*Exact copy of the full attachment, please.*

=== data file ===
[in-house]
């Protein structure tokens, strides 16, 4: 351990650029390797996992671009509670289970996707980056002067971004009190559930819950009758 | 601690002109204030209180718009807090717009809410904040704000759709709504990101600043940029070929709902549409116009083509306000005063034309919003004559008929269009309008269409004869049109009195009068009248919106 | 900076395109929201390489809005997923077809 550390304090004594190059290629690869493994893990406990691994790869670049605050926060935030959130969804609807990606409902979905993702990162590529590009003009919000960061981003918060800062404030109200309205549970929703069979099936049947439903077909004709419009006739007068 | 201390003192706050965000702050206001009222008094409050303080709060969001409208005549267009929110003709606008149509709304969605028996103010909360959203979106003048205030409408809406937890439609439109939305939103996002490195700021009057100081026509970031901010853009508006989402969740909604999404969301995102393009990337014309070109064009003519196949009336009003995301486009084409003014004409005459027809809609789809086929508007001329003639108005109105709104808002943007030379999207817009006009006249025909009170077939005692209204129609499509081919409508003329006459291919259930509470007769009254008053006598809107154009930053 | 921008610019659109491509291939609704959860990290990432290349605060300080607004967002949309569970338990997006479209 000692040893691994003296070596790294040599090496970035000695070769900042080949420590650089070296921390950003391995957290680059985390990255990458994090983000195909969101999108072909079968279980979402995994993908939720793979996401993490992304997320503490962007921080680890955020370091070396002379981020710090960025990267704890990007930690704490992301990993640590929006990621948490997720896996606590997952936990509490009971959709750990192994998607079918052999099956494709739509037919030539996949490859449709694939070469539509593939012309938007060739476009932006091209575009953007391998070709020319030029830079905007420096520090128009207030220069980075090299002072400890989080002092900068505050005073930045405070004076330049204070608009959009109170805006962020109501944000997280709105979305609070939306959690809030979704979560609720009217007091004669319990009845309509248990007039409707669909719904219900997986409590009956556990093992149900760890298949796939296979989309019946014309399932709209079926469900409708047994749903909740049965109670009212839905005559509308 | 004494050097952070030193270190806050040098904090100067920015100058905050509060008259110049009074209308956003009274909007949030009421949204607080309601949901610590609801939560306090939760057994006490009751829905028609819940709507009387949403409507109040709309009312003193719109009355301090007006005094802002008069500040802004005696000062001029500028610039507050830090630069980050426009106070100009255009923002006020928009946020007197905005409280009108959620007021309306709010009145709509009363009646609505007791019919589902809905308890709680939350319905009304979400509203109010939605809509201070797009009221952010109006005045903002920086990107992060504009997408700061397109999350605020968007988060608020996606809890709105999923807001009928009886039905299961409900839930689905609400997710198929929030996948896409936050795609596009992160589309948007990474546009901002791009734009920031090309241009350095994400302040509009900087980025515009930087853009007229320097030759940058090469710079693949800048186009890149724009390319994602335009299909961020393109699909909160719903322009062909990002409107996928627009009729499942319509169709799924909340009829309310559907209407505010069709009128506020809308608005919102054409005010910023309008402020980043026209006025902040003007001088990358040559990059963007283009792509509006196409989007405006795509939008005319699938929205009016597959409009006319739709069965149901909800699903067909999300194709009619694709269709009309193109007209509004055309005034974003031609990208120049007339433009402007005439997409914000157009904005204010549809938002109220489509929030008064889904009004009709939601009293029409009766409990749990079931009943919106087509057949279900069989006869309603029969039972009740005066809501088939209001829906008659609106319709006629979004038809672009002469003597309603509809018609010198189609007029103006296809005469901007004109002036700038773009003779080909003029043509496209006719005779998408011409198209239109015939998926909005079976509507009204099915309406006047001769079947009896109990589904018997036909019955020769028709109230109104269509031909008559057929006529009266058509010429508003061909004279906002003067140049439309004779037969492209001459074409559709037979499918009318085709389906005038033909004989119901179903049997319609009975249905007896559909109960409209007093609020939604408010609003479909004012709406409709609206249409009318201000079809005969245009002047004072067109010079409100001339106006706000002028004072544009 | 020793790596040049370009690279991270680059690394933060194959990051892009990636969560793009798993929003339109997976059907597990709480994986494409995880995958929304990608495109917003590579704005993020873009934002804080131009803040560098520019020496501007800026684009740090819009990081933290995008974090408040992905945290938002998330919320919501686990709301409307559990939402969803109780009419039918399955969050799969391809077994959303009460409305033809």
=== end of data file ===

[in-house]
């Protein structure tokens, strides 16, 4: 351990650029390797996992671009509670289970996707980056002067971004009190559930819950009758 | 601690002109204030209180718009807090717009809410904040704000759709709504990101600043940029070929709902549409116009083509306000005063034309919003004559008929269009309008269409004869049109009195009068009248919106 | 900076395109929201390489809005997923077809 550390304090004594190059290629690869493994893990406990691994790869670049605050926060935030959130969804609807990606409902979905993702990162590529590009003009919000960061981003918060800062404030109200309205549970929703069979099936049947439903077909004709419009006739007068 | 201390003192706050965000702050206001009222008094409050303080709060969001409208005549267009929110003709606008149509709304969605028996103010909360959203979106003048205030409408809406937890439609439109939305939103996002490195700021009057100081026509970031901010853009508006989402969740909604999404969301995102393009990337014309070109064009003519196949009336009003995301486009084409003014004409005459027809809609789809086929508007001329003639108005109105709104808002943007030379999207817009006009006249025909009170077939005692209204129609499509081919409508003329006459291919259930509470007769009254008053006598809107154009930053 | 921008610019659109491509291939609704959860990290990432290349605060300080607004967002949309569970338990997006479209 000692040893691994003296070596790294040599090496970035000695070769900042080949420590650089070296921390950003391995957290680059985390990255990458994090983000195909969101999108072909079968279980979402995994993908939720793979996401993490992304997320503490962007921080680890955020370091070396002379981020710090960025990267704890990007930690704490992301990993640590929006990621948490997720896996606590997952936990509490009971959709750990192994998607079918052999099956494709739509037919030539996949490859449709694939070469539509593939012309938007060739476009932006091209575009953007391998070709020319030029830079905007420096520090128009207030220069980075090299002072400890989080002092900068505050005073930045405070004076330049204070608009959009109170805006962020109501944000997280709105979305609070939306959690809030979704979560609720009217007091004669319990009845309509248990007039409707669909719904219900997986409590009956556990093992149900760890298949796939296979989309019946014309399932709209079926469900409708047994749903909740049965109670009212839905005559509308 | 004494050097952070030193270190806050040098904090100067920015100058905050509060008259110049009074209308956003009274909007949030009421949204607080309601949901610590609801939560306090939760057994006490009751829905028609819940709507009387949403409507109040709309009312003193719109009355301090007006005094802002008069500040802004005696000062001029500028610039507050830090630069980050426009106070100009255009923002006020928009946020007197905005409280009108959620007021309306709010009145709509009363009646609505007791019919589902809905308890709680939350319905009304979400509203109010939605809509201070797009009221952010109006005045903002920086990107992060504009997408700061397109999350605020968007988060608020996606809890709105999923807001009928009886039905299961409900839930689905609400997710198929929030996948896409936050795609596009992160589309948007990474546009901002791009734009920031090309241009350095994400302040509009900087980025515009930087853009007229320097030759940058090469710079693949800048186009890149724009390319994602335009299909961020393109699909909160719903322009062909990002409107996928627009009729499942319509169709799924909340009829309310559907209407505010069709009128506020809308608005919102054409005010910023309008402020980043026209006025902040003007001088990358040559990059963007283009792509509006196409989007405006795509939008005319699938929205009016597959409009006319739709069965149901909800699903067909999300194709009619694709269709009309193109007209509004055309005034974003031609990208120049007339433009402007005439997409914000157009904005204010549809938002109220489509929030008064889904009004009709939601009293029409009766409990749990079931009943919106087509057949279900069989006869309603029969039972009740005066809501088939209001829906008659609106319709006629979004038809672009002469003597309603509809018609010198189609007029103006296809005469901007004109002036700038773009003779080909003029043509496209006719005779998408011409198209239109015939998926909005079976509507009204099915309406006047001769079947009896109990589904018997036909019955020769028709109230109104269509031909008559057929006529009266058509010429508003061909004279906002003067140049439309004779037969492209001459074409559709037979499918009318085709389906005038033909004989119901179903049997319609009975249905007896559909109960409209007093609020939604408010609003479909004012709406409709609206249409009318201000079809005969245009002047004072067109010079409100001339106006706000002028004072544009 | 020793790596040049370009690279991270680059690394933060194959990051892009990636969560793009798993929003339109997976059907597990709480994986494409995880995958929304990608495109917003590579704005993020873009934002804080131009803040560098520019020496501007800026684009740090819009990081933290995008974090408040992905945290938002998330919320919501686990709301409307559990939402969803109780009419039918399955969050799969391809077994959303009460409305033809």